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Op-Ed: Travel scams to avoid in 2016

I intended to use Costa Rica’s bus system to navigate the country since the landmass is relatively small, and a bus can transport me from one end to the other in half a day. But I wasn’t prepared to handle a bus strike the first day of my trip. There were still a few buses running, but not the one that I previously mapped out on Google Maps before leaving home. With dwindling sunlight and fruitless wandering, I turned to a nearby cabbie for help. My Spanish is elementary at best, but between his broken English and my limited Spanish skills I discovered there was a connecting bus in San Ramon that could take me to my destination, La Fortuna. However, San Ramon was 60 kilometers away and he told me the last bus for the weekend left in an hour and a half.

Within minutes, the overly-nice cab driver talked me into a flustered, confused state where I agreed to let him drive me an hour so I don’t miss the last bus and get stranded in San José, which meant wasting the money I’d already spent on lodging in La Fortuna. And he was also courteous enough to call and secure me a ticket on the bus.

I eventually arrived at the bus depot, and then the cabbie asks for 60,000 colons for the ride and the bus ticket. Begrudgingly, I notice the cabbie doesn’t have a running meter so I can’t verify the charge. Not knowing what else to do I paid him, which was more than half of the money I brought with me for the entire trip. And here’s the extra kicker: the bus ticket turned out to be fake and unnecessary, so I had to pay the bus fare, too.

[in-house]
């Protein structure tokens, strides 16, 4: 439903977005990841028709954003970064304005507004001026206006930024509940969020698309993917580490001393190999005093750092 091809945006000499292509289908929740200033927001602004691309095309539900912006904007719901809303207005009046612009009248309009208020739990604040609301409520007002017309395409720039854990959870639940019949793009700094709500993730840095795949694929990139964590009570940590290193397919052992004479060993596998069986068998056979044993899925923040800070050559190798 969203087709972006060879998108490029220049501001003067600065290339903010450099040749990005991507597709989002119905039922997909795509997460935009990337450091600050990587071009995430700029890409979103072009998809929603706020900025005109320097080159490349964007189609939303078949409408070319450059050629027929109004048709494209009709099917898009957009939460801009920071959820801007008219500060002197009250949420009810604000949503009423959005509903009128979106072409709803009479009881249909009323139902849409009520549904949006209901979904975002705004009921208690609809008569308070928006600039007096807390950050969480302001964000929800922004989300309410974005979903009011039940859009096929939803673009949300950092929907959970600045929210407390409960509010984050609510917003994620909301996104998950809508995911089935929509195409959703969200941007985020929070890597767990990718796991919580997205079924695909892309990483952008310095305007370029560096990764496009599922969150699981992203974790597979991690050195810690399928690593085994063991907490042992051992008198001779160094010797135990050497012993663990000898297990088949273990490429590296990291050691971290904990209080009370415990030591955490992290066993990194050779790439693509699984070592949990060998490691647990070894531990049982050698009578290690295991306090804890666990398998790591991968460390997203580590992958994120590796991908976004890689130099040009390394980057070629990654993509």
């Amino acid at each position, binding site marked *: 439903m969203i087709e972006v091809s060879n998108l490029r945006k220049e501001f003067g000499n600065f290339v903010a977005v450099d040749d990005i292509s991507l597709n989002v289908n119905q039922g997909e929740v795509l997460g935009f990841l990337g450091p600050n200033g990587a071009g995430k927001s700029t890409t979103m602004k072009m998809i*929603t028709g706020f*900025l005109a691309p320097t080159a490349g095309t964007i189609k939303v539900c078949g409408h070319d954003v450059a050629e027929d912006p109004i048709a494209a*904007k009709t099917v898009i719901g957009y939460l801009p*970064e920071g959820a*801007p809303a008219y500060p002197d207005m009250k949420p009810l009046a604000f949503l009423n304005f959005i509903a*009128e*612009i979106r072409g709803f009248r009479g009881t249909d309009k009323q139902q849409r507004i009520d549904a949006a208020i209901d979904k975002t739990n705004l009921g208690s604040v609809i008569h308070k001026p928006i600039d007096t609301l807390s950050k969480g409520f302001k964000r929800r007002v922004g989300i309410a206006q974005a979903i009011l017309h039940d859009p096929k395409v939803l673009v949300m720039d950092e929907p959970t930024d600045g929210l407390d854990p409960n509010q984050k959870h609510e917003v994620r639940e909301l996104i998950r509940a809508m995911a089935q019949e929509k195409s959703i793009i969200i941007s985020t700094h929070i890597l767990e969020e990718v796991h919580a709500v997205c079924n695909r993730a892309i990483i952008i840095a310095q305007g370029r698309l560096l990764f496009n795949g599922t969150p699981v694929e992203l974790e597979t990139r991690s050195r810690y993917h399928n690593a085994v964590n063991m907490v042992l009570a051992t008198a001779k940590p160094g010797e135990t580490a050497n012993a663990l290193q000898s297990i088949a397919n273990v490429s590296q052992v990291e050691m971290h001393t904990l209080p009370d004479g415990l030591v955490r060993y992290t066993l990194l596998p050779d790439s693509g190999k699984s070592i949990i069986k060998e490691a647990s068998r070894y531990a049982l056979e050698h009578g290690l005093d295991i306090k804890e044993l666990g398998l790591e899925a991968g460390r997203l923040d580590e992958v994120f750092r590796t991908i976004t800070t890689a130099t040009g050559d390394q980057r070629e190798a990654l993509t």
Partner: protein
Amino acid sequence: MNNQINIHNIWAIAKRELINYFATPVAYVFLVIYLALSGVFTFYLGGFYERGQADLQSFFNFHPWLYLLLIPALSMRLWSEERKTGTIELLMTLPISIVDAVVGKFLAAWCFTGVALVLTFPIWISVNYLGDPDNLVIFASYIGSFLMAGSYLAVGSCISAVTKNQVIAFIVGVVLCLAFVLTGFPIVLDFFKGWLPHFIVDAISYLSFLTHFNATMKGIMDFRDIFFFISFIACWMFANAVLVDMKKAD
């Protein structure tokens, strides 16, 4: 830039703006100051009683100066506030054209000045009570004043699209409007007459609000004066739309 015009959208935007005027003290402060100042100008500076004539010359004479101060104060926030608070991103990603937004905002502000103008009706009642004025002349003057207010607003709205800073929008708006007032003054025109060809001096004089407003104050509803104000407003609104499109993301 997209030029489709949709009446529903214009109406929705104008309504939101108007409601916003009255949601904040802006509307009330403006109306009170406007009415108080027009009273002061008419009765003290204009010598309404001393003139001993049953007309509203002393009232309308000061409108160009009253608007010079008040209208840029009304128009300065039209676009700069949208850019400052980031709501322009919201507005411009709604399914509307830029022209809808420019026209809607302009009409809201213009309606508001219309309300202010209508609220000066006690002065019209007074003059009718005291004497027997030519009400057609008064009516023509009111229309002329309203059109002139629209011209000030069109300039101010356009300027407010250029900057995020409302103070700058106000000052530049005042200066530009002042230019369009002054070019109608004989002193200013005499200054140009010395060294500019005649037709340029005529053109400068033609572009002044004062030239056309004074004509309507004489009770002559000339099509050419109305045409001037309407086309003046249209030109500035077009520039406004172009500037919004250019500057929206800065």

Because I failed to negotiate a rate beforehand, and didn’t do adequate research on the local scams, I walked out of that cab ride spending $90 too much.

Cabbies taking advantage of foreign travelers happens everywhere. And scam artists, pickpockets and bold thieves are on the lookout for easy prey. But if you educate yourself on the rising schemes you’ll possibly encounter in 2016, then you’ll be better prepared to avoid them.

The Chatty Cashier
In the United States, it’s uncommon to see cashiers talking on their cell phone while ringing up your order because it’s considered rude behavior. But overseas—particularly in Barcelona—the customer might be the last thing a cashier pays attention to. Instead, the cashier might be using their phone conversation as a cover, and instead they’re taking photos of your credit card number for their own use.

It’s hard to determine whether a chatty cashier is actually on the phone, or just waiting for an opportune moment for credit card theft. The only absolute way to avoid this scam is by refusing to do business when the cashier is on the phone, or using cash. But if you use cash, be sure not to become a victim of the classic slow count and switcheroo scams.

The slow count is when the cashier or bank clerk is painfully slow when counting back your change. They’ll count aloud every bill and coin, take random long pauses, restart the counting process and try to distract you with chitchat. These scam artists hope you’ll grow impatient, swoop up the cash in front of you and then head out. Patience pays off here — literally.

The switcheroo is another scam that relies on a tourist’s impatience and unfamiliarity with foreign currencies. The clerk starts with the slow count and then drops your change, replacing larger denominations with smaller ones that look similar. It’s easy to get frustrated and walk out with whatever change the cashier hands you, but you’ll be safe if you learn what the local currencies look like and take the time to count out any money they give back.

Chinese Tea Ceremony
For the last several years, one of the most common scams in Beijing and Shanghai is the so-called “tea ceremony scam,” and it shows no signs of stopping. The scam is simple to execute, and the scammers prey on the curiosity of Westerners. The routine starts with a young, friendly group of Chinese students, who ask tourists if they can practice their English skills during an authentic Chinese tea ceremony. The kids are subtle and try to be as genuine as possible. If you agree, they’ll take you to a tea parlor that they are partnered with, and order various teas for you to try. And before you know it, the bill comes and you’re looking at paying a few thousand yuan for the experience, which is much higher than market price.